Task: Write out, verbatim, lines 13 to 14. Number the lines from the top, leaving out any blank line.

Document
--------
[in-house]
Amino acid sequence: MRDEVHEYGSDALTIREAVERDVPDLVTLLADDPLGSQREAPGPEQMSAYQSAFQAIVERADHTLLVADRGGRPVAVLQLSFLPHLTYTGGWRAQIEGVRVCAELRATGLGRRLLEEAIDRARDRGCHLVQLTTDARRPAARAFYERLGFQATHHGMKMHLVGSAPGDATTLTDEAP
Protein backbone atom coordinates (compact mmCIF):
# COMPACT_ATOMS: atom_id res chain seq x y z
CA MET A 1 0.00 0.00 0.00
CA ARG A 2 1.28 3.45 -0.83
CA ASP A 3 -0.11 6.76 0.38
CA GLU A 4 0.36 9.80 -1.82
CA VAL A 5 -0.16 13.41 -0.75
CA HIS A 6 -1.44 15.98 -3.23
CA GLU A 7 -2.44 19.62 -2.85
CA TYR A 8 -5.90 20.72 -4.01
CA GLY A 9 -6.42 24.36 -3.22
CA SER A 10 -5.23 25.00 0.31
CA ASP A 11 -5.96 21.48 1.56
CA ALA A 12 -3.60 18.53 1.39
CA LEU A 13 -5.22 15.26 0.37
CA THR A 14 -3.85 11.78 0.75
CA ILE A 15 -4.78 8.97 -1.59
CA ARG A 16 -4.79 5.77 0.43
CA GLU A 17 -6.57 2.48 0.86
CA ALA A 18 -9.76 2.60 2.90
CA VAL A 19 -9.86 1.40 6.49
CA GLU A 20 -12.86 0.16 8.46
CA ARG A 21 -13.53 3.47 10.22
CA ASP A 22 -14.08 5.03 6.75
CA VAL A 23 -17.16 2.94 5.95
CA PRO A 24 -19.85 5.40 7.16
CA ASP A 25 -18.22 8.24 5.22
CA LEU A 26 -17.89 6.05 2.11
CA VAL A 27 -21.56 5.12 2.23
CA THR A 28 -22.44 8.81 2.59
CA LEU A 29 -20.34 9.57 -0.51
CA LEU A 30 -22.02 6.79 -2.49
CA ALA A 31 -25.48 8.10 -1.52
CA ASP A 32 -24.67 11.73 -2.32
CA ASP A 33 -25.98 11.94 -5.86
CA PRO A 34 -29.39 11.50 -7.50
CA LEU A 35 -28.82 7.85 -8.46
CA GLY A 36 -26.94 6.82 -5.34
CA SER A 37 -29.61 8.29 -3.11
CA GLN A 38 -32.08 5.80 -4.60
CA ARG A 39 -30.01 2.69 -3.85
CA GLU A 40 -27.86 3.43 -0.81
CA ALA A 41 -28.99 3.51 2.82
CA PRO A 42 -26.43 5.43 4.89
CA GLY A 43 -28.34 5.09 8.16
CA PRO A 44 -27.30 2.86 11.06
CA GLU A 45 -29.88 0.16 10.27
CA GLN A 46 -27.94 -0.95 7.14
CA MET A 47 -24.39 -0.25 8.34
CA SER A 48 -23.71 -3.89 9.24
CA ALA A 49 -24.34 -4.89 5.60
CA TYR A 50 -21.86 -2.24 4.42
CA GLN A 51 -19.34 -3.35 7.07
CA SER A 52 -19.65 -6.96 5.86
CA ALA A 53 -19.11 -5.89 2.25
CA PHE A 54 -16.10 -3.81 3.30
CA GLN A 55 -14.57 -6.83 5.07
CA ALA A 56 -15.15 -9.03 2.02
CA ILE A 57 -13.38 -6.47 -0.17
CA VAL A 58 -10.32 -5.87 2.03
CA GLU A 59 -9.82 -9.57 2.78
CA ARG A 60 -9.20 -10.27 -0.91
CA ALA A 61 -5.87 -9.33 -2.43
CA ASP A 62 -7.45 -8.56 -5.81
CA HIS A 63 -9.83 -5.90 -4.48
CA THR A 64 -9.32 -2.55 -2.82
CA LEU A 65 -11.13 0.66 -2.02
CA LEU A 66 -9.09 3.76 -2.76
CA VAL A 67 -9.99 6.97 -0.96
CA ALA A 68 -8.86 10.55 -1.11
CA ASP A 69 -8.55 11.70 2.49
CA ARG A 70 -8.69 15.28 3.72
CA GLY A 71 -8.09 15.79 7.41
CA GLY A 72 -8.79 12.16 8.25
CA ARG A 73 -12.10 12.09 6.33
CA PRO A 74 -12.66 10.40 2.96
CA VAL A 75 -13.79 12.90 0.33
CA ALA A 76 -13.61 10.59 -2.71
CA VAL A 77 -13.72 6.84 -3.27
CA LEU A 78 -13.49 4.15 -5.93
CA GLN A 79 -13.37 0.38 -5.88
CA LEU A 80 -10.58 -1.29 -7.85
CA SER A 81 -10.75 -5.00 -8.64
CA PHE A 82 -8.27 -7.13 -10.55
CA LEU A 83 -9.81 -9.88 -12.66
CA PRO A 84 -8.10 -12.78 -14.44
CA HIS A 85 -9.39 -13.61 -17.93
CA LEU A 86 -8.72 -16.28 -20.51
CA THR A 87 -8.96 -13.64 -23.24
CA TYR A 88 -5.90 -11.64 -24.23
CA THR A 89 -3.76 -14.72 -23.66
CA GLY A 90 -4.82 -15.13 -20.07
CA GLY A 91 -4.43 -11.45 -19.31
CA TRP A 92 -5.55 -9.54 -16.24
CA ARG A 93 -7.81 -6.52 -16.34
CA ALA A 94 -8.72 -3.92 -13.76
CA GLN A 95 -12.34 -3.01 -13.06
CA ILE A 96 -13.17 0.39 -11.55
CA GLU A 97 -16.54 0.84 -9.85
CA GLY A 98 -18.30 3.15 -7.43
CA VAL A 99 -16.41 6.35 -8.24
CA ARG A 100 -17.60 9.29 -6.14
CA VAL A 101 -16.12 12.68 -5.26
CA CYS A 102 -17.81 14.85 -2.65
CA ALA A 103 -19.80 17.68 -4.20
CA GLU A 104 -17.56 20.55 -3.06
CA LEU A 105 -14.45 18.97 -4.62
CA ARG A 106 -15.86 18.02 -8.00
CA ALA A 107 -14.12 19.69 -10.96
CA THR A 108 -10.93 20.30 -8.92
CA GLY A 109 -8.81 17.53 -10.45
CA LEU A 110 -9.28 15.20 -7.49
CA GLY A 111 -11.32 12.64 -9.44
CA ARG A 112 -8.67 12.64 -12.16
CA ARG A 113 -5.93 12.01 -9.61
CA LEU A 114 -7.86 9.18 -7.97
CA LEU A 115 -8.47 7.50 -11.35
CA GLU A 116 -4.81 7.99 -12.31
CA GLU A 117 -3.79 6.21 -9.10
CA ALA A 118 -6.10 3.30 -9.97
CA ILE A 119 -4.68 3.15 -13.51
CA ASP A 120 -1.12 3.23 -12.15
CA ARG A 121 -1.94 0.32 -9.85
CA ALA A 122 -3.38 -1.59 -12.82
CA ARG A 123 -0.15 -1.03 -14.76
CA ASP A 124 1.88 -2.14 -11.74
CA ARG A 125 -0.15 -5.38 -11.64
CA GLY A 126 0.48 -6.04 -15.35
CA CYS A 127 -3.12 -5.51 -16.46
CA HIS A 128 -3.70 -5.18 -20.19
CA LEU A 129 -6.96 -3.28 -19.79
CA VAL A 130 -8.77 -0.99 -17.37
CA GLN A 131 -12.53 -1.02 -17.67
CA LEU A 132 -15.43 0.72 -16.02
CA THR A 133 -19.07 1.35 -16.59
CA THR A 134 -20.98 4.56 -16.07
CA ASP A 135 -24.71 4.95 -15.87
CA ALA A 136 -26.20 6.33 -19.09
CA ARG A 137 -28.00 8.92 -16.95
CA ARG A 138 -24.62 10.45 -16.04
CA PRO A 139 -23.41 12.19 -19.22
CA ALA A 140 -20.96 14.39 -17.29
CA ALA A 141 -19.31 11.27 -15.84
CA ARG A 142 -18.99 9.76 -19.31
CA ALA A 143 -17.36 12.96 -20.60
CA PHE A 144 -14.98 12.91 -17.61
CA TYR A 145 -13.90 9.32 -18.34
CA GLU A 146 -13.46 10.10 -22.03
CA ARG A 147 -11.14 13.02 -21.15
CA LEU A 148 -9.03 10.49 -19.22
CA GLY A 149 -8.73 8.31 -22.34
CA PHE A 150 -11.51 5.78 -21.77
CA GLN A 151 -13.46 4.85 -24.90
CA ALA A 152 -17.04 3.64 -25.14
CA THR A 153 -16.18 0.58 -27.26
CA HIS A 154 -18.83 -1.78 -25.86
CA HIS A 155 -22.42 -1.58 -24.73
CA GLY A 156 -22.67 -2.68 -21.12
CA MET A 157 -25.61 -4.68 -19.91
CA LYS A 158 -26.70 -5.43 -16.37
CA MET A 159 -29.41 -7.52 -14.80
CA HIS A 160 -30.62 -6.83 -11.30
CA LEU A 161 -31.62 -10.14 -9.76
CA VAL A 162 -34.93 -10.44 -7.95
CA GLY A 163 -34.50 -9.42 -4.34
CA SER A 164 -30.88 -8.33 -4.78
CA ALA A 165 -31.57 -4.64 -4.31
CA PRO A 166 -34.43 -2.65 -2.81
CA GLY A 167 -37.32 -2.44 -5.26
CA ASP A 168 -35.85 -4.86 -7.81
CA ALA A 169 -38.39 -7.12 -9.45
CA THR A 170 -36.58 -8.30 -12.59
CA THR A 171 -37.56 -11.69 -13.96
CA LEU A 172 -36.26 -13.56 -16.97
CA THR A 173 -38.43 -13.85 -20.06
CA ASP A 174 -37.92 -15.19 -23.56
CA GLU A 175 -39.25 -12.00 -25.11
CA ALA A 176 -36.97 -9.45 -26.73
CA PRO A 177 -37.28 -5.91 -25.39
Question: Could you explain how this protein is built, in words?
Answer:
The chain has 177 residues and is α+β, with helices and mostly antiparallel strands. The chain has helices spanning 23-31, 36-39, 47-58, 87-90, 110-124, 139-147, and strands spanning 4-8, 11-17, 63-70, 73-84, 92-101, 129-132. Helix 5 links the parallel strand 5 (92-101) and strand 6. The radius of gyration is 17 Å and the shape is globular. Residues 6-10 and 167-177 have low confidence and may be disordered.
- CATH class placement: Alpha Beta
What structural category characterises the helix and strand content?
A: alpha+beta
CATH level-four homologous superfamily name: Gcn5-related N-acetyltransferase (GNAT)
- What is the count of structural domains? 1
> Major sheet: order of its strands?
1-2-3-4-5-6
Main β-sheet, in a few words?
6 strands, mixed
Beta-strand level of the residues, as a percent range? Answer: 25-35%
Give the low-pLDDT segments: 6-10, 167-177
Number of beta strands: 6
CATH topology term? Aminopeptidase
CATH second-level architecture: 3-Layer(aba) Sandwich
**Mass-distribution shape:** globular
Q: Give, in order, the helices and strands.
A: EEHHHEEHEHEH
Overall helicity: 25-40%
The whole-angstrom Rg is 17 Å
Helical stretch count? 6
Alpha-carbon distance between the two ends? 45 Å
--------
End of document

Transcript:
CA GLY A 9 -6.42 24.36 -3.22
CA SER A 10 -5.23 25.00 0.31